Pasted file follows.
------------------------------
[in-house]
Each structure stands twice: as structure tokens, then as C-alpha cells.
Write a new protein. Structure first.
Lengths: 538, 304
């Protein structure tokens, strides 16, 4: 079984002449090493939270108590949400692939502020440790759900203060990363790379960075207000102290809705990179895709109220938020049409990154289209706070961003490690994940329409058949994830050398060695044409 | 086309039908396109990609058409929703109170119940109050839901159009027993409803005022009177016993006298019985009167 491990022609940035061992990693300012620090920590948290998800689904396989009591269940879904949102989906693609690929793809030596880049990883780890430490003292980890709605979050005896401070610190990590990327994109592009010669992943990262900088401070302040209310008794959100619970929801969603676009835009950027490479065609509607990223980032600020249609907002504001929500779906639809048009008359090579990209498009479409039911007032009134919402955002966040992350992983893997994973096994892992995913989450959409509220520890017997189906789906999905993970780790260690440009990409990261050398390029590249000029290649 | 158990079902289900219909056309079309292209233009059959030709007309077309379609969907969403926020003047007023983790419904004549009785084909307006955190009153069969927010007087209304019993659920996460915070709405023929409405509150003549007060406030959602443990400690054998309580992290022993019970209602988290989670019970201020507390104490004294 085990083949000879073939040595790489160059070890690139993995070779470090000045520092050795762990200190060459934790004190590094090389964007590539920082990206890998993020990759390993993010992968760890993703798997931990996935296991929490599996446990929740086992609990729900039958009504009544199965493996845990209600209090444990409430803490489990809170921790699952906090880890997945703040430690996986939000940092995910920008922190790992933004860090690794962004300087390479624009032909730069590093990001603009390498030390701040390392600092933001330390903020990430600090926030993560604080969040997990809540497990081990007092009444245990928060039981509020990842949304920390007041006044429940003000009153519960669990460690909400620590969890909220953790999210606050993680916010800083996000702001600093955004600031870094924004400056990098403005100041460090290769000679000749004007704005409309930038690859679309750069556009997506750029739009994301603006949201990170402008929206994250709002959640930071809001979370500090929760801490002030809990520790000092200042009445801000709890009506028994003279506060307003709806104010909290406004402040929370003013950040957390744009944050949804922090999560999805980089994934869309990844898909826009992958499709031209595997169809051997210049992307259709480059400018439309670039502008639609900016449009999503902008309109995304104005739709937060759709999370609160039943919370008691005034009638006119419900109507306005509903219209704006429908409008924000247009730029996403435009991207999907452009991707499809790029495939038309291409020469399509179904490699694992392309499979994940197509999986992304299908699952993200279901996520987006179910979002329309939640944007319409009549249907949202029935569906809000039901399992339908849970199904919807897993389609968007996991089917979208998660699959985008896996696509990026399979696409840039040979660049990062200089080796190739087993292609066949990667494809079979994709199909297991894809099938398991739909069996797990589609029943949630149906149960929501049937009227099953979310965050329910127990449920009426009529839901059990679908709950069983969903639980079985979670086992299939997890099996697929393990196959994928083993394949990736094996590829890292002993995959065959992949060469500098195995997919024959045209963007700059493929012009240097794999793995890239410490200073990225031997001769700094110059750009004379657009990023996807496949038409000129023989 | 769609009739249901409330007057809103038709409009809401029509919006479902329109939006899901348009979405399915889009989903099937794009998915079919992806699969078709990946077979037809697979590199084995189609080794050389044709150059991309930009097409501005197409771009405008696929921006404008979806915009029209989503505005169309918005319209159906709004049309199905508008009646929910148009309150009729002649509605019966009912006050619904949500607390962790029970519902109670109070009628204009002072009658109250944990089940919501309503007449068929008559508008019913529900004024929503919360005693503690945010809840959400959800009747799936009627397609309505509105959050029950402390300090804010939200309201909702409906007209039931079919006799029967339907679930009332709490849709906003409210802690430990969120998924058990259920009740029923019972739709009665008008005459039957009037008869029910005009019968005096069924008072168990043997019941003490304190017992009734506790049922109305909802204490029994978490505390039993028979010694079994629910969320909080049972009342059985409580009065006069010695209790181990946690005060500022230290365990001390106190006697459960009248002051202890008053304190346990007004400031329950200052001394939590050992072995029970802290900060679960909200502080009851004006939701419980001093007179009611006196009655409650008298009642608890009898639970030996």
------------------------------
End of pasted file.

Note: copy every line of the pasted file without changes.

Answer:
[in-house]
Each structure stands twice: as structure tokens, then as C-alpha cells.
Write a new protein. Structure first.
Lengths: 538, 304
């Protein structure tokens, strides 16, 4: 079984002449090493939270108590949400692939502020440790759900203060990363790379960075207000102290809705990179895709109220938020049409990154289209706070961003490690994940329409058949994830050398060695044409 | 086309039908396109990609058409929703109170119940109050839901159009027993409803005022009177016993006298019985009167 491990022609940035061992990693300012620090920590948290998800689904396989009591269940879904949102989906693609690929793809030596880049990883780890430490003292980890709605979050005896401070610190990590990327994109592009010669992943990262900088401070302040209310008794959100619970929801969603676009835009950027490479065609509607990223980032600020249609907002504001929500779906639809048009008359090579990209498009479409039911007032009134919402955002966040992350992983893997994973096994892992995913989450959409509220520890017997189906789906999905993970780790260690440009990409990261050398390029590249000029290649 | 158990079902289900219909056309079309292209233009059959030709007309077309379609969907969403926020003047007023983790419904004549009785084909307006955190009153069969927010007087209304019993659920996460915070709405023929409405509150003549007060406030959602443990400690054998309580992290022993019970209602988290989670019970201020507390104490004294 085990083949000879073939040595790489160059070890690139993995070779470090000045520092050795762990200190060459934790004190590094090389964007590539920082990206890998993020990759390993993010992968760890993703798997931990996935296991929490599996446990929740086992609990729900039958009504009544199965493996845990209600209090444990409430803490489990809170921790699952906090880890997945703040430690996986939000940092995910920008922190790992933004860090690794962004300087390479624009032909730069590093990001603009390498030390701040390392600092933001330390903020990430600090926030993560604080969040997990809540497990081990007092009444245990928060039981509020990842949304920390007041006044429940003000009153519960669990460690909400620590969890909220953790999210606050993680916010800083996000702001600093955004600031870094924004400056990098403005100041460090290769000679000749004007704005409309930038690859679309750069556009997506750029739009994301603006949201990170402008929206994250709002959640930071809001979370500090929760801490002030809990520790000092200042009445801000709890009506028994003279506060307003709806104010909290406004402040929370003013950040957390744009944050949804922090999560999805980089994934869309990844898909826009992958499709031209595997169809051997210049992307259709480059400018439309670039502008639609900016449009999503902008309109995304104005739709937060759709999370609160039943919370008691005034009638006119419900109507306005509903219209704006429908409008924000247009730029996403435009991207999907452009991707499809790029495939038309291409020469399509179904490699694992392309499979994940197509999986992304299908699952993200279901996520987006179910979002329309939640944007319409009549249907949202029935569906809000039901399992339908849970199904919807897993389609968007996991089917979208998660699959985008896996696509990026399979696409840039040979660049990062200089080796190739087993292609066949990667494809079979994709199909297991894809099938398991739909069996797990589609029943949630149906149960929501049937009227099953979310965050329910127990449920009426009529839901059990679908709950069983969903639980079985979670086992299939997890099996697929393990196959994928083993394949990736094996590829890292002993995959065959992949060469500098195995997919024959045209963007700059493929012009240097794999793995890239410490200073990225031997001769700094110059750009004379657009990023996807496949038409000129023989 | 769609009739249901409330007057809103038709409009809401029509919006479902329109939006899901348009979405399915889009989903099937794009998915079919992806699969078709990946077979037809697979590199084995189609080794050389044709150059991309930009097409501005197409771009405008696929921006404008979806915009029209989503505005169309918005319209159906709004049309199905508008009646929910148009309150009729002649509605019966009912006050619904949500607390962790029970519902109670109070009628204009002072009658109250944990089940919501309503007449068929008559508008019913529900004024929503919360005693503690945010809840959400959800009747799936009627397609309505509105959050029950402390300090804010939200309201909702409906007209039931079919006799029967339907679930009332709490849709906003409210802690430990969120998924058990259920009740029923019972739709009665008008005459039957009037008869029910005009019968005096069924008072168990043997019941003490304190017992009734506790049922109305909802204490029994978490505390039993028979010694079994629910969320909080049972009342059985409580009065006069010695209790181990946690005060500022230290365990001390106190006697459960009248002051202890008053304190346990007004400031329950200052001394939590050992072995029970802290900060679960909200502080009851004006939701419980001093007179009611006196009655409650008298009642608890009898639970030996």